Iran judiciary warns presidential hopefuls against crossing 'red lines’

Iran judiciary warns presidential hopefuls against crossing 'red lines’
A senior Iranian judiciary official has strongly warned presidential candidates against questioning Iran’s theocratic political system in the run-up to June 18 elections.
2 min read
Iran's presidential election campaign began on Friday with little fanfare [Getty]

A senior Iranian judiciary official Sunday warned candidates running in the forthcoming presidential election against crossing the "red lines" of the "Islamic republic".

Iranians are set to elect a successor to President Hassan Rouhani on June 18, amid widespread discontent over a deep economic and social crisis.

Iran's candidate-vetting Guardian Council has approved seven mainly ultraconservative candidates to run in the election from a field of about 600 hopefuls.

"Candidates should not cross the system's red lines in their campaigns and speeches," said Tehran Attorney General Ali Alqassi-Mehr, quoted by Mizan Online, the judiciary's official news agency.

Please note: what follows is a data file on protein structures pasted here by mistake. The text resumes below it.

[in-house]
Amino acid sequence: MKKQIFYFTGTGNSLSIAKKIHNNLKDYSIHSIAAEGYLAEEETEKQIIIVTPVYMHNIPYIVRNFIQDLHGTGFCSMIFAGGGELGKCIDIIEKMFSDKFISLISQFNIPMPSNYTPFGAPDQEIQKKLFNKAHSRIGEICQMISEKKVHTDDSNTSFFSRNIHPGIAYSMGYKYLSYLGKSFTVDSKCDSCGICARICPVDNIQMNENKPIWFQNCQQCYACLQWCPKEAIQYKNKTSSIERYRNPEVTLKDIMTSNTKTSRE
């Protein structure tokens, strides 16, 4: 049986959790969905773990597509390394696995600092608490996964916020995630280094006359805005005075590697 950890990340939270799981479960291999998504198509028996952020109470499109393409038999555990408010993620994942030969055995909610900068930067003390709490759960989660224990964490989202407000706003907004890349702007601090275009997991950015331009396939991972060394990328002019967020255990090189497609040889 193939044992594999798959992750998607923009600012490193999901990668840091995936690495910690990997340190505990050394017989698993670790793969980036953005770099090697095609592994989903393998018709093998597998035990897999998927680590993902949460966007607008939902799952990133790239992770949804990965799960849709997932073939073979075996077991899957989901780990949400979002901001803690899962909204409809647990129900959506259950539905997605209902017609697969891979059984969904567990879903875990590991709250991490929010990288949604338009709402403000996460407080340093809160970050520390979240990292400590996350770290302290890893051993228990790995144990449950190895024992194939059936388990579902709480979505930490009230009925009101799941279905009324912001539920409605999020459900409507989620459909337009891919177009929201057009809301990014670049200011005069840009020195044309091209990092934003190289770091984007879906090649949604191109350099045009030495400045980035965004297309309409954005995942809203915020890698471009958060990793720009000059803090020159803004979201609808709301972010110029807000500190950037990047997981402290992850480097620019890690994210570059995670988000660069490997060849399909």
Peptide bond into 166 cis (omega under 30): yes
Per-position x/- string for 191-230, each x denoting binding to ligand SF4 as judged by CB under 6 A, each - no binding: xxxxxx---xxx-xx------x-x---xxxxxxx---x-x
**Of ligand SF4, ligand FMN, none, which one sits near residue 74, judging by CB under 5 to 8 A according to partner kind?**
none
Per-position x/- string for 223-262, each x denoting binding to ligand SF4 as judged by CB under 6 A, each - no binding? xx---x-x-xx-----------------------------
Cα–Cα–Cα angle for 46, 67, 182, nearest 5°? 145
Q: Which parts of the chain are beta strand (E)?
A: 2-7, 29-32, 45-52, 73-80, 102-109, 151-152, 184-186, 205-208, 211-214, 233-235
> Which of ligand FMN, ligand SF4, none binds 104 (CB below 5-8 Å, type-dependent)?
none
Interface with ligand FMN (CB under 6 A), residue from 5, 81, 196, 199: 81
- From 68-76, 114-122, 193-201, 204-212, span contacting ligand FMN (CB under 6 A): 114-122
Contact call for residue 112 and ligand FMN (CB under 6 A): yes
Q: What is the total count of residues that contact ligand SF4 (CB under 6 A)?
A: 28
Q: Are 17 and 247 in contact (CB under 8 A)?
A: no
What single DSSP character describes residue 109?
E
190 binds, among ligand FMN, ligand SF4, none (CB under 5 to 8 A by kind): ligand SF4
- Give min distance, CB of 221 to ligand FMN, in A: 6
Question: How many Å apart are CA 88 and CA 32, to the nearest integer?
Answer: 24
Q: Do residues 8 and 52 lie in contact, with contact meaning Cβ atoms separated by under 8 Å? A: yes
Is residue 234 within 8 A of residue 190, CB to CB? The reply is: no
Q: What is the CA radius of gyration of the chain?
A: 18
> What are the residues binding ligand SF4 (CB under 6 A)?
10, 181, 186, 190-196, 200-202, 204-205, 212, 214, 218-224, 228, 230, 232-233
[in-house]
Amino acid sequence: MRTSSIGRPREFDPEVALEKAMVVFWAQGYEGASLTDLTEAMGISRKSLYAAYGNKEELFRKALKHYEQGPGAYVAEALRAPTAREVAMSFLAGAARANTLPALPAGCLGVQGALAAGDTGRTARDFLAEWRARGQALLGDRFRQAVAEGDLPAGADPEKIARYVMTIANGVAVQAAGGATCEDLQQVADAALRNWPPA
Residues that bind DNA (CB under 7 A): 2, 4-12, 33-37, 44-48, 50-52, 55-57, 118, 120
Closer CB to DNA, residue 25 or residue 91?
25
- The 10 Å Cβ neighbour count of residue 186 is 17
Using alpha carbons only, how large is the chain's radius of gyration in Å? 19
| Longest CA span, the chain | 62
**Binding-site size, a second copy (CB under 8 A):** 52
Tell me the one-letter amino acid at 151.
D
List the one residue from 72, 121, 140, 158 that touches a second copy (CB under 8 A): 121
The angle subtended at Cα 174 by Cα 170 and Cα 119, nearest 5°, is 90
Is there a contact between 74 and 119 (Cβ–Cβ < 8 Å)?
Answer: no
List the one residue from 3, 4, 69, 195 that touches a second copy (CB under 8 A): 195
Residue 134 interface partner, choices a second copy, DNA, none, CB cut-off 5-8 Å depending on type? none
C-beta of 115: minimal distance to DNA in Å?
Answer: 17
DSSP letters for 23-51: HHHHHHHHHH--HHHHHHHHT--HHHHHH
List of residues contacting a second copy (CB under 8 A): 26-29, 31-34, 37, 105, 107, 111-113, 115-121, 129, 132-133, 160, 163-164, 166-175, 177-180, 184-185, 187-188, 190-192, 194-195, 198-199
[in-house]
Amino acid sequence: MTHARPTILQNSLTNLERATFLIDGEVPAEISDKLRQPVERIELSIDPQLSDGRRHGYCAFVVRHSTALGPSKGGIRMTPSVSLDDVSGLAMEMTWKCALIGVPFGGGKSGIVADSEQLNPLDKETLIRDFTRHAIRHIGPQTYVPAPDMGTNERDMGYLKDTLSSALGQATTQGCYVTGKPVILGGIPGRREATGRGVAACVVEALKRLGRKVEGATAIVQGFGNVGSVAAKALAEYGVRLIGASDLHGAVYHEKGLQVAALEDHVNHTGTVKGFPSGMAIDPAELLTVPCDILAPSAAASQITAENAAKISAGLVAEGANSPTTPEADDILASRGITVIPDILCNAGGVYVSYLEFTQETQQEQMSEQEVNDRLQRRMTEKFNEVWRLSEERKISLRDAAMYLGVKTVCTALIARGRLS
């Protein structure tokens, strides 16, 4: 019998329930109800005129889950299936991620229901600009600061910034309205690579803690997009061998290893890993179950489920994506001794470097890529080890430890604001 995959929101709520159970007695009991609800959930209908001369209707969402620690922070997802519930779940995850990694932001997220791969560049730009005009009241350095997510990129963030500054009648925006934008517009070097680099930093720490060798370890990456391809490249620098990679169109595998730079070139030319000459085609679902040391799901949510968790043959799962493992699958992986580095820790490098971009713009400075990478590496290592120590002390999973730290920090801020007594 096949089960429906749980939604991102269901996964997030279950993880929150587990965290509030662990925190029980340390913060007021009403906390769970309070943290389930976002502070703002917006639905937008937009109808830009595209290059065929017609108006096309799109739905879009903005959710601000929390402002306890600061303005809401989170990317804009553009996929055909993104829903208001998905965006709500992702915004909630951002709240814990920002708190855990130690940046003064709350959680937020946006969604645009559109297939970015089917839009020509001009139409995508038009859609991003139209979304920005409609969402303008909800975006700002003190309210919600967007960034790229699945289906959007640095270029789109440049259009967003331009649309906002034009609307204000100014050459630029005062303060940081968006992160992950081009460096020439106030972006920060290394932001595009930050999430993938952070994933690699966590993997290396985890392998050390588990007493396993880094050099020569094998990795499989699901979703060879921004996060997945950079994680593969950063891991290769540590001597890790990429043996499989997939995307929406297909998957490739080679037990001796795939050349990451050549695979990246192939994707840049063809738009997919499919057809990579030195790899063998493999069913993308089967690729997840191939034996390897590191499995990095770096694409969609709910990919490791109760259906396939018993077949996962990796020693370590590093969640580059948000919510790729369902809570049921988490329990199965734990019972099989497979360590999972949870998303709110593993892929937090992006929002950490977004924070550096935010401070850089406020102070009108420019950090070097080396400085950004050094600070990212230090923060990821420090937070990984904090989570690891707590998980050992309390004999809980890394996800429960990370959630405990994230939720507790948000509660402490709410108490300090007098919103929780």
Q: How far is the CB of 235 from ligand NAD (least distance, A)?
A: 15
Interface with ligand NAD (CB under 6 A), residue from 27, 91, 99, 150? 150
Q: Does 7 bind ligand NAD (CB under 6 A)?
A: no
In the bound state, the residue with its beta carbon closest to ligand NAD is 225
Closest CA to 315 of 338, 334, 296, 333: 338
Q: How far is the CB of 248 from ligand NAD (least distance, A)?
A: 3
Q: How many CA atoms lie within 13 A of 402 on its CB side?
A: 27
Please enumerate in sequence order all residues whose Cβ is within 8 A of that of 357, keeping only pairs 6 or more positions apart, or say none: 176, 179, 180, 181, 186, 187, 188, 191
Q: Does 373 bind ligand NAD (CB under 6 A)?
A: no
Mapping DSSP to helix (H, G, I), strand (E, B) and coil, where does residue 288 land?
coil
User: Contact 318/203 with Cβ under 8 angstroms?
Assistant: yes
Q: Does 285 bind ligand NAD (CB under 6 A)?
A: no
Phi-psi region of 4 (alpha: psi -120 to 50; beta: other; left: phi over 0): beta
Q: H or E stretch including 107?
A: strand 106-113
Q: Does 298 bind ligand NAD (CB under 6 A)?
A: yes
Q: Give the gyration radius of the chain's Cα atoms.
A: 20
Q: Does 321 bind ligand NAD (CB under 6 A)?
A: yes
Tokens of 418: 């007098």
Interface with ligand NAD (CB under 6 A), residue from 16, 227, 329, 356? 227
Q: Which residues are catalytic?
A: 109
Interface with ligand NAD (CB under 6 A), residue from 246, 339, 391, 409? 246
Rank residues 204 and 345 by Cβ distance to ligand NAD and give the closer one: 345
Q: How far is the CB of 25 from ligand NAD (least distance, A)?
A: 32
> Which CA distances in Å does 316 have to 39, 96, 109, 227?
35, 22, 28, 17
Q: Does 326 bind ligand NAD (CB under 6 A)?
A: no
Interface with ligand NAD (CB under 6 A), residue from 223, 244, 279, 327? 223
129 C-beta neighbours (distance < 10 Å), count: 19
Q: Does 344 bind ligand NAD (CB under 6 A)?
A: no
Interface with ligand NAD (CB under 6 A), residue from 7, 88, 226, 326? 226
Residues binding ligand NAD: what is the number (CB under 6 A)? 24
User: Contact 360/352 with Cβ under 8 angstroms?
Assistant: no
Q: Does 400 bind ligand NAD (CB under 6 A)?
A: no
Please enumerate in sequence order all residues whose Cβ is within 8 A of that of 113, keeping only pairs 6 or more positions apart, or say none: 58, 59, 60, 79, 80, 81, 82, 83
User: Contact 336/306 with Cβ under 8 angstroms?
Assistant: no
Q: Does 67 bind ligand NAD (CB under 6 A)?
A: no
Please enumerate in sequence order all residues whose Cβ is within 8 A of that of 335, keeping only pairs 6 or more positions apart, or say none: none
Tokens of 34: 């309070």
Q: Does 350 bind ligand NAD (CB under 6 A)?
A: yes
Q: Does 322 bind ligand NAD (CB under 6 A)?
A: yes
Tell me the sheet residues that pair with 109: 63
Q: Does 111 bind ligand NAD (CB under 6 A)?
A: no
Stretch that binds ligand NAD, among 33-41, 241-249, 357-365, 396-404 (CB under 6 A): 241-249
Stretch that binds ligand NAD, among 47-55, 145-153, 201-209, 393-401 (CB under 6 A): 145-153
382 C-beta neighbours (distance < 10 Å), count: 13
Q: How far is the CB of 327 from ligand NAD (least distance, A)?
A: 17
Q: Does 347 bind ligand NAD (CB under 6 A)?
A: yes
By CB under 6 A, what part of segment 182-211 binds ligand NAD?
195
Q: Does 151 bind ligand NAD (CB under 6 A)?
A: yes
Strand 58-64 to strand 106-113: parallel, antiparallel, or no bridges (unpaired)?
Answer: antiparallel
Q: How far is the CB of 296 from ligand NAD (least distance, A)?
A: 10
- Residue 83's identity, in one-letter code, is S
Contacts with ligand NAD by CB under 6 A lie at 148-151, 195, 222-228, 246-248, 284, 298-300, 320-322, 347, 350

Wrongdoers will be "confronted firmly", he said, and warned in particular against any attacks on the "reputation" of the judiciary.

Several issues are considered "red lines" in Iran, including questioning the doctrine of Velayat-e faqih (the guardianship of the jurist) which establishes religious authority over politics.

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The head of the judiciary, ultraconservative Ebrahim Raisi, is widely considered the favourite candidate in the race to the presidency.

Raisi won 38 percent of the vote in the 2017 presidential election but was defeated by Rouhani.

The presidential election campaign officially kicked off quietly on Friday.

The Guardian Council's disqualification of several candidates appeared to have cleared the way for Raisi, who faces four lesser-known candidates from his own camp and two reformists without a strong base.

Iran’s supreme leader Ayatollah Ali Khamenei on Thursday said candidates should focus on "youth unemployment" and economic woes of "the disadvantaged class," two themes prominently highlighted in Raisi's campaign in 2017 and again this year.

Iranian authorities, including the supreme leader, have in recent months called for high turnout, while the limited polls available have pointed to a potential record abstention.

A record 57 percent of Iranians stayed away from legislative elections in February last year in which thousands of candidates, many of them moderates and reformists, were barred from running.

Iranian media, meanwhile, quoted police chief Hossein Ashtari on Friday warning that the force would take action against those "who break electoral standards" and who "encourage the people not to vote".